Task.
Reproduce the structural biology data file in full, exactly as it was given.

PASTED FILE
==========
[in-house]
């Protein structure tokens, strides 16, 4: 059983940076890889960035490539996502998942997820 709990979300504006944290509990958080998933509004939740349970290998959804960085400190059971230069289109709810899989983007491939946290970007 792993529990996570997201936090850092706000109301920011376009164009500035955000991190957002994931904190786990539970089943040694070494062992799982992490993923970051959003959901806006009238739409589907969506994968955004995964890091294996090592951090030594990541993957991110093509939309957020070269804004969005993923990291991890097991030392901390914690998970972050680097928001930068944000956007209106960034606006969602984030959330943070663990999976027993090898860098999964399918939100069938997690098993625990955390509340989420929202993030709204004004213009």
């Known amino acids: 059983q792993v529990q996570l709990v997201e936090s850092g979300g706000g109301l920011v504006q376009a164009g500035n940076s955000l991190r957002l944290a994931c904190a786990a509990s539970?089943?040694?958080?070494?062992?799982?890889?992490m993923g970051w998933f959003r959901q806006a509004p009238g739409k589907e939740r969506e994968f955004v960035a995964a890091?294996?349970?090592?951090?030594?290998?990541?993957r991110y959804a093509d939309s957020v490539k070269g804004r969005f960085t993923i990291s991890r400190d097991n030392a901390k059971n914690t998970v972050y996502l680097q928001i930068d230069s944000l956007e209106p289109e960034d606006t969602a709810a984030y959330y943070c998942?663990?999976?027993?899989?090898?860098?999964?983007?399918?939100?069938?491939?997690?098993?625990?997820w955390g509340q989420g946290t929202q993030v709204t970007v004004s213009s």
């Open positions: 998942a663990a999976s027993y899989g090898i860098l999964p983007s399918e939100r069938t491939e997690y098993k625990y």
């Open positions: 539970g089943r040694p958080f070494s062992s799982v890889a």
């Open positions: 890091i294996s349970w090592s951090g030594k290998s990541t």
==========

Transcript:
[in-house]
């Protein structure tokens, strides 16, 4: 059983940076890889960035490539996502998942997820 709990979300504006944290509990958080998933509004939740349970290998959804960085400190059971230069289109709810899989983007491939946290970007 792993529990996570997201936090850092706000109301920011376009164009500035955000991190957002994931904190786990539970089943040694070494062992799982992490993923970051959003959901806006009238739409589907969506994968955004995964890091294996090592951090030594990541993957991110093509939309957020070269804004969005993923990291991890097991030392901390914690998970972050680097928001930068944000956007209106960034606006969602984030959330943070663990999976027993090898860098999964399918939100069938997690098993625990955390509340989420929202993030709204004004213009």
């Known amino acids: 059983q792993v529990q996570l709990v997201e936090s850092g979300g706000g109301l920011v504006q376009a164009g500035n940076s955000l991190r957002l944290a994931c904190a786990a509990s539970?089943?040694?958080?070494?062992?799982?890889?992490m993923g970051w998933f959003r959901q806006a509004p009238g739409k589907e939740r969506e994968f955004v960035a995964a890091?294996?349970?090592?951090?030594?290998?990541?993957r991110y959804a093509d939309s957020v490539k070269g804004r969005f960085t993923i990291s991890r400190d097991n030392a901390k059971n914690t998970v972050y996502l680097q928001i930068d230069s944000l956007e209106p289109e960034d606006t969602a709810a984030y959330y943070c998942?663990?999976?027993?899989?090898?860098?999964?983007?399918?939100?069938?491939?997690?098993?625990?997820w955390g509340q989420g946290t929202q993030v709204t970007v004004s213009s």
């Open positions: 998942a663990a999976s027993y899989g090898i860098l999964p983007s399918e939100r069938t491939e997690y098993k625990y």
């Open positions: 539970g089943r040694p958080f070494s062992s799982v890889a």
């Open positions: 890091i294996s349970w090592s951090g030594k290998s990541t």